7. Bossroo

    Bossroo Songster

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    When one starts a thread, it takes up a life of it's own... Lakeland , Florida (AP) " A 74 year old who was " fileted" by racoons when she tried to shoo them away from her central Florida home was hospitalized for more than two days , authorities said Monday."... " received dozens of staples and sutures and was treated for rabies, thaugh officials doubt the animals were infected." If 5 racoons can do this amount of dammage, just think what dammage a pack of larger predators can do.
     
  8. Le Canard de Barbarie

    Le Canard de Barbarie Songster

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  9. Buster52

    Buster52 Songster

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    Geronimo Oklahoma
    Quote:The lady I got my two newest dogs from said she used to lose lots of goats, all the time. Since she got her Great Pyrs and Anatolian Shepherds, she hasn't lost a single goat.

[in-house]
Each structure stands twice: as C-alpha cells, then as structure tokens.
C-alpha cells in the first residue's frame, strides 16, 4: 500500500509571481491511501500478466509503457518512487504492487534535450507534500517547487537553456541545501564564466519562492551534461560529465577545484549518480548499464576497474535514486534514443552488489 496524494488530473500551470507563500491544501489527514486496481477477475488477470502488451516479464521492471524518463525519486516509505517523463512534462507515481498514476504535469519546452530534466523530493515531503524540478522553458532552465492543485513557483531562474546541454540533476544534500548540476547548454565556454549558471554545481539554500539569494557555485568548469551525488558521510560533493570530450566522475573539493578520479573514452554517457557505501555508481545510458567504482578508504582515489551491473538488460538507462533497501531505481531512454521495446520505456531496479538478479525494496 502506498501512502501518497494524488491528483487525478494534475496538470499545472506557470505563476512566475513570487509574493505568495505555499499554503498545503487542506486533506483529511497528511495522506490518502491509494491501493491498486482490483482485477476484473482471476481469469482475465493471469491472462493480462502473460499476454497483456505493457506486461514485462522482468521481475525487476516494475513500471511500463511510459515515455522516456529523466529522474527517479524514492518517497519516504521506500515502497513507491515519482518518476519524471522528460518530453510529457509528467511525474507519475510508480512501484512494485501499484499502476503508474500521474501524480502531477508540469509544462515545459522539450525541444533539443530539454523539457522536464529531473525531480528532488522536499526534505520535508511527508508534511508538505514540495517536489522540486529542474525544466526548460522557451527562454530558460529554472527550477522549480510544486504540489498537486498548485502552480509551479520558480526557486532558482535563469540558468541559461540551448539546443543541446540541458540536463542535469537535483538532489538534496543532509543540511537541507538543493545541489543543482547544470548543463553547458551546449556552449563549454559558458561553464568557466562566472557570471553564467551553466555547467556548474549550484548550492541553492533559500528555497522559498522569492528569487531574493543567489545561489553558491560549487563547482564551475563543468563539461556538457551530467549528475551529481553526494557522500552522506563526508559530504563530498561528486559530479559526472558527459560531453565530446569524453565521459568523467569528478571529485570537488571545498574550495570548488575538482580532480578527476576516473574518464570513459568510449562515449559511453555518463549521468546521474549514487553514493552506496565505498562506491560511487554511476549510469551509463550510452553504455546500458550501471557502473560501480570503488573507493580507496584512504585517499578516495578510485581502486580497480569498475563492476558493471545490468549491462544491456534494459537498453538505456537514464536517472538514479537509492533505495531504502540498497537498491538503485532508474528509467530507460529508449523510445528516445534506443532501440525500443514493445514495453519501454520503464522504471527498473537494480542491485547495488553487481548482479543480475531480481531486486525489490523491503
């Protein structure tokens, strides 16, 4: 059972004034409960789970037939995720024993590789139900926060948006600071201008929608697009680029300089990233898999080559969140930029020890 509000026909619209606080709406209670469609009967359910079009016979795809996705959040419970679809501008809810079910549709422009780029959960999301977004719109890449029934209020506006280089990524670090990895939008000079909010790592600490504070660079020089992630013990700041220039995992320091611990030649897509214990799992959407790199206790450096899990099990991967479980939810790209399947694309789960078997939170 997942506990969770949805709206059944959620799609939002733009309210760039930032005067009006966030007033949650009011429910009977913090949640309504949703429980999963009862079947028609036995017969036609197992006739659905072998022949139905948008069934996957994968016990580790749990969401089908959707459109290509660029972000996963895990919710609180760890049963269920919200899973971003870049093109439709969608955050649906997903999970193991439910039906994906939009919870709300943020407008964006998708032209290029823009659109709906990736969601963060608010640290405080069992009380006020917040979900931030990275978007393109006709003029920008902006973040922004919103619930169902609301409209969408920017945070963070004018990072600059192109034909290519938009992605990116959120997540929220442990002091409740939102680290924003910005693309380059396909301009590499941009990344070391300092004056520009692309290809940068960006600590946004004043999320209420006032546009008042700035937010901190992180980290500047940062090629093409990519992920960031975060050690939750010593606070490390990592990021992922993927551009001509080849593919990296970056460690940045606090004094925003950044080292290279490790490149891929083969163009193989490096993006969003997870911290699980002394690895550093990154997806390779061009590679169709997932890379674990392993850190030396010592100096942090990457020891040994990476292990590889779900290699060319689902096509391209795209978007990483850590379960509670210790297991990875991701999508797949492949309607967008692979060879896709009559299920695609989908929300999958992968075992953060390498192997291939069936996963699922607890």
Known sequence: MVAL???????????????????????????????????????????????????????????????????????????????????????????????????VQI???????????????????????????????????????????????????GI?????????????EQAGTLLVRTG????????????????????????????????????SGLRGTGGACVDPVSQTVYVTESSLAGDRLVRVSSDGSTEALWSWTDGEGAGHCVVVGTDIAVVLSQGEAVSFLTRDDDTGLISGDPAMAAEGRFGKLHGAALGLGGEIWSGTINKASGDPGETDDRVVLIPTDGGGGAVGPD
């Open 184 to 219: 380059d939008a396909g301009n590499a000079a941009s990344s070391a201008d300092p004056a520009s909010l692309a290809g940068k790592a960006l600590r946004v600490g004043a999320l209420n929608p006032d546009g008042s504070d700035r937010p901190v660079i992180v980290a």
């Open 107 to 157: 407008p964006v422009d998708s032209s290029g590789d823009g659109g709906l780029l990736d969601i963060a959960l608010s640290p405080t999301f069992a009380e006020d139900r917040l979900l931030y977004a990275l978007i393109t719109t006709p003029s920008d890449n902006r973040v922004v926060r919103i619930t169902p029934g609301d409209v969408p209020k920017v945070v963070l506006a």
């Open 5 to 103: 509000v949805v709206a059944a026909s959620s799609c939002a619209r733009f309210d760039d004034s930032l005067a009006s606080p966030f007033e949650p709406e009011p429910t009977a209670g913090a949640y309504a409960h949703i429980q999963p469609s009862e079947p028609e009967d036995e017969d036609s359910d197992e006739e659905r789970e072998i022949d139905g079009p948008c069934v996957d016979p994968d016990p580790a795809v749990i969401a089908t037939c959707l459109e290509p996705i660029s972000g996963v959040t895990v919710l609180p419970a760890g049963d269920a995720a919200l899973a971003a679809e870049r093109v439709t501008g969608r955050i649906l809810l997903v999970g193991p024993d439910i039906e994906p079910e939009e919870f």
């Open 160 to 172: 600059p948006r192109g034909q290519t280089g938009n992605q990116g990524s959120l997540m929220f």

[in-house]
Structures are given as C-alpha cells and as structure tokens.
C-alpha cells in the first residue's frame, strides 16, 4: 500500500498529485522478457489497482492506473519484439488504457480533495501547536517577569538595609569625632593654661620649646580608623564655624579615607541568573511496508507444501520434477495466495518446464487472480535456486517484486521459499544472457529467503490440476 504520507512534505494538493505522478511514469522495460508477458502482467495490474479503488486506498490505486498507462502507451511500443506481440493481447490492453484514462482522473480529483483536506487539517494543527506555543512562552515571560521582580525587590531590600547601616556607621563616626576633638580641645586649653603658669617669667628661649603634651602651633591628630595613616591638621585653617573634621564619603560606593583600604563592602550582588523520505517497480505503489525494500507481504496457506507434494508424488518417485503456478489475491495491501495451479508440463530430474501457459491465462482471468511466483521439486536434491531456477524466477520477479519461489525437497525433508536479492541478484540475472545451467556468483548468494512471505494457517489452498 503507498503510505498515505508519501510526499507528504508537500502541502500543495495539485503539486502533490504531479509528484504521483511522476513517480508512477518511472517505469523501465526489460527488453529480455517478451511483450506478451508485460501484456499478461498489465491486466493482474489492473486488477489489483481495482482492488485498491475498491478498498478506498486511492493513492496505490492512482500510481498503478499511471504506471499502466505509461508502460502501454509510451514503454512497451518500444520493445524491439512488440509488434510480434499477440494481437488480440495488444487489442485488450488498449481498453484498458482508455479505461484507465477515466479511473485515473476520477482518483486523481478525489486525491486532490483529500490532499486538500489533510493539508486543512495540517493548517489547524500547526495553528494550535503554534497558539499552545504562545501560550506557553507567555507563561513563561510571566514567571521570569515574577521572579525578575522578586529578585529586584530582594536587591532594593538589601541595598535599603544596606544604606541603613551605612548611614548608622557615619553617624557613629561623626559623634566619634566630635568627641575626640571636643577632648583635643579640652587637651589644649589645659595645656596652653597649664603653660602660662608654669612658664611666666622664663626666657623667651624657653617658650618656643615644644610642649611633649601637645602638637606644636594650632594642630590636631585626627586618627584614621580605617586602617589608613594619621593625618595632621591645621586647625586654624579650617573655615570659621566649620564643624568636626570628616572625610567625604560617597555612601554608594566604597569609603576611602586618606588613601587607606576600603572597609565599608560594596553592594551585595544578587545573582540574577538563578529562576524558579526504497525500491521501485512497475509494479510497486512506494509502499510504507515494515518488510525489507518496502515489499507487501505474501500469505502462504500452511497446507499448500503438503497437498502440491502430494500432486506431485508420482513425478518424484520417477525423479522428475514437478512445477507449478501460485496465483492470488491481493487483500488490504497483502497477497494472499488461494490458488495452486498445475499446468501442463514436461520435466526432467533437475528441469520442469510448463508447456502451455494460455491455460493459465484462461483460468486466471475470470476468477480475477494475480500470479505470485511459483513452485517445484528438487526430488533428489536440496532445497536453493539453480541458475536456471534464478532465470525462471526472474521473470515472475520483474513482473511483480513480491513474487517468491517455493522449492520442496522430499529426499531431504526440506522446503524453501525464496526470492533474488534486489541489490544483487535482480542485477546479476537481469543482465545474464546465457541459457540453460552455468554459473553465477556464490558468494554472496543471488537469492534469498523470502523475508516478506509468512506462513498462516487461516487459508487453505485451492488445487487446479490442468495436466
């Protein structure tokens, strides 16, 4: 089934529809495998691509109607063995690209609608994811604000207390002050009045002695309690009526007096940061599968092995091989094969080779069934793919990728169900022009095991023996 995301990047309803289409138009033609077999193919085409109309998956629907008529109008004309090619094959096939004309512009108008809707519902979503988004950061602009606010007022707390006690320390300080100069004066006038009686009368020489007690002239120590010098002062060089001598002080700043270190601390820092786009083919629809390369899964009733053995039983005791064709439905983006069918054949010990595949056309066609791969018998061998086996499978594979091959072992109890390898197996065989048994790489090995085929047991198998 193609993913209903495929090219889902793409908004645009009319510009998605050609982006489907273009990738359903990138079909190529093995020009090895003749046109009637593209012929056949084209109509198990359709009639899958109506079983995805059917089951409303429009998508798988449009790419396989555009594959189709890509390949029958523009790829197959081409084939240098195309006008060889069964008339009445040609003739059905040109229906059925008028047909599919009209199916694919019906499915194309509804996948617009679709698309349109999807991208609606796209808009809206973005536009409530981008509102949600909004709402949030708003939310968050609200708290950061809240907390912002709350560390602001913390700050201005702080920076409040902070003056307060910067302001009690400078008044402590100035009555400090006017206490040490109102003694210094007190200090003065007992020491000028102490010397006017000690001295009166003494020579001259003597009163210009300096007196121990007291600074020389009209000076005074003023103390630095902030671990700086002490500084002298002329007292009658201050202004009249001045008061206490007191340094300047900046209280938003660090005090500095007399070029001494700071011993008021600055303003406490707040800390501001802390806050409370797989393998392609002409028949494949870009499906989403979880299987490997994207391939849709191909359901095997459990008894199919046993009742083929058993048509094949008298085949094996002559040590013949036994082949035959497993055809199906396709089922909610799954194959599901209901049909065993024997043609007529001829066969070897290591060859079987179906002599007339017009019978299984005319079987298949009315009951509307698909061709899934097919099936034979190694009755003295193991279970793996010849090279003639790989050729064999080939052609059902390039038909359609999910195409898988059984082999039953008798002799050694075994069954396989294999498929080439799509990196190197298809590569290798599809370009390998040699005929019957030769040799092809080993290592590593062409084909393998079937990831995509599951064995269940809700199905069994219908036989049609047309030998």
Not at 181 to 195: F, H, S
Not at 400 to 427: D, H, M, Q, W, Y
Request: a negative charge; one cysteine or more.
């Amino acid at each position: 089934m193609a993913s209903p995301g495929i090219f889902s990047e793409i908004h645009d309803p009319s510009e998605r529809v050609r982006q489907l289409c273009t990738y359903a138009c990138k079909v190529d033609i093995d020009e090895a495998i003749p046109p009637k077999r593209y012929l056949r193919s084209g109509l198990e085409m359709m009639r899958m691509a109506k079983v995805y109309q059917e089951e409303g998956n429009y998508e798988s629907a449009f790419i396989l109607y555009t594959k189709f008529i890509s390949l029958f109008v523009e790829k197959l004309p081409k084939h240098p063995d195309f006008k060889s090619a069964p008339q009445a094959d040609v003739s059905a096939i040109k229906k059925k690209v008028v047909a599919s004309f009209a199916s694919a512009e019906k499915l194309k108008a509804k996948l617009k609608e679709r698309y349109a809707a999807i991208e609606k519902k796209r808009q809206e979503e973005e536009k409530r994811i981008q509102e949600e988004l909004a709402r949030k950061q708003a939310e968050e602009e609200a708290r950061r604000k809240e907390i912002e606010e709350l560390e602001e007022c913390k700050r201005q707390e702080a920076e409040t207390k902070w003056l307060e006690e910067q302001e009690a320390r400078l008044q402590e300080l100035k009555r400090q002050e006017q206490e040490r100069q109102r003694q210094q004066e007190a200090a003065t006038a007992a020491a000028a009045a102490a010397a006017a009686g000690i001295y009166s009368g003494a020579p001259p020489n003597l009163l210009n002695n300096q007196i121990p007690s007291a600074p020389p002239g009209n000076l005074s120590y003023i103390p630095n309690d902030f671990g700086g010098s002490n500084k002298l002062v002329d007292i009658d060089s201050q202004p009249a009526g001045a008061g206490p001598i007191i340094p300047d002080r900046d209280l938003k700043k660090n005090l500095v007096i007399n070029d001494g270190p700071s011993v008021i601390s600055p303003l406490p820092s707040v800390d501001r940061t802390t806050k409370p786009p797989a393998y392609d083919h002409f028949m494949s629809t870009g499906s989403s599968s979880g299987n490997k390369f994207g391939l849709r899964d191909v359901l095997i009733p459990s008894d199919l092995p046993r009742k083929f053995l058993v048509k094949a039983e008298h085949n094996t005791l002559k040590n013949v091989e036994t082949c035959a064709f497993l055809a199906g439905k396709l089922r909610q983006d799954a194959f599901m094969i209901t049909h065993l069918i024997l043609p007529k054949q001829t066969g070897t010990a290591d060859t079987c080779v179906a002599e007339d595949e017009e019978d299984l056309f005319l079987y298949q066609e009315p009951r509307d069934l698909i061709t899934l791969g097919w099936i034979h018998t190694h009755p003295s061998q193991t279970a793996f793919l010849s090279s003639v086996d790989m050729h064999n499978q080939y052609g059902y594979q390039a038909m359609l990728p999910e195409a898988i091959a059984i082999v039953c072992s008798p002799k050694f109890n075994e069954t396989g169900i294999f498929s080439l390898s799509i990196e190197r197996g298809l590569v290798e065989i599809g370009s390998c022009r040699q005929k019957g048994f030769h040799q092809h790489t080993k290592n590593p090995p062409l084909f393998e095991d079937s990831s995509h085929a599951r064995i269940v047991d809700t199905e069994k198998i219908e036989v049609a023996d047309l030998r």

Not one.

    Sounds pretty effective to me. [​IMG]
     
  10. Le Canard de Barbarie

    Le Canard de Barbarie Songster

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    Quote:From this USDA study done in 1986 most ranchers who used dogs would agree with you. Still, by 2004 only about 10% of the sheep ranches were using LGDs as per this USDA report.

    Here in the Michigan Upper Peninsula there is a 600 head sheep farm a couple miles away from me in Traunik. They employ at least two Great Pyrenees livestock guardian dogs to stay with the sheep 24/7 as they go from pasture to pasture.
     
    Last edited: Oct 6, 2009